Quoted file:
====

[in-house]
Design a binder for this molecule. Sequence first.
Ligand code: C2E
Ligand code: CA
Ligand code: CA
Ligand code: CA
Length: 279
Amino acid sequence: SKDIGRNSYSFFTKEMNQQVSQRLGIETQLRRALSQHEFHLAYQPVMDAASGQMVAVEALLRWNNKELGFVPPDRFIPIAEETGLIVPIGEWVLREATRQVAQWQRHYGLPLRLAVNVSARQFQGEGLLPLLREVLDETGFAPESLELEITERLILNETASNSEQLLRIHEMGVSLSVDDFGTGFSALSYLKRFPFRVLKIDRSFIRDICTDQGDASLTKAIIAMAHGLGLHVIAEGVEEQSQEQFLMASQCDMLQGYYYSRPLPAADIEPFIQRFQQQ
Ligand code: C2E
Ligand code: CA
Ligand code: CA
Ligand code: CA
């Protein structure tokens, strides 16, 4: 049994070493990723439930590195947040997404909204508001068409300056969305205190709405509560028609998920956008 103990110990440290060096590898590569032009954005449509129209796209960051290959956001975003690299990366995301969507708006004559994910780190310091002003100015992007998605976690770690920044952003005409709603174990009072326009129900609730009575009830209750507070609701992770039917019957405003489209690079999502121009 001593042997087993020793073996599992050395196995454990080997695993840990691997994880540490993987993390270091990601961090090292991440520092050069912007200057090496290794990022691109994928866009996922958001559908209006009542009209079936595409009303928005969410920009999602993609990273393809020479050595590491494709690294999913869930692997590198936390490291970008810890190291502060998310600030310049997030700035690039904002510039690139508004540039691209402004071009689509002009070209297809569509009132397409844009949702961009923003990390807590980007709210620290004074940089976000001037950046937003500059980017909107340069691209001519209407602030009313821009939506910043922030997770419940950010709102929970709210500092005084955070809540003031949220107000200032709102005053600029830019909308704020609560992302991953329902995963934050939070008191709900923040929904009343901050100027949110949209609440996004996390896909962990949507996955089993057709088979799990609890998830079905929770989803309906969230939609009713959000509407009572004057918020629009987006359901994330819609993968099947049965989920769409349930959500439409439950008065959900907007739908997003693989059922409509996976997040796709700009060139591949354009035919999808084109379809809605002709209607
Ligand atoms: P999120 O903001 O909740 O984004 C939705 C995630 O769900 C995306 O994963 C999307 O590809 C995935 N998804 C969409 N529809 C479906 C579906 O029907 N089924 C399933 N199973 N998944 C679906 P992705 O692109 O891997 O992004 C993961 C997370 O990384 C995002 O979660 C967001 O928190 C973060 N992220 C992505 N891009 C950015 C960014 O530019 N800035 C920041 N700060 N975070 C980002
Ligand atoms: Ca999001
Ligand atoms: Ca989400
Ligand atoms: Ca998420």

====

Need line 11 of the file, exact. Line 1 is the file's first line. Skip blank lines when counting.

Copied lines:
Ligand code: CA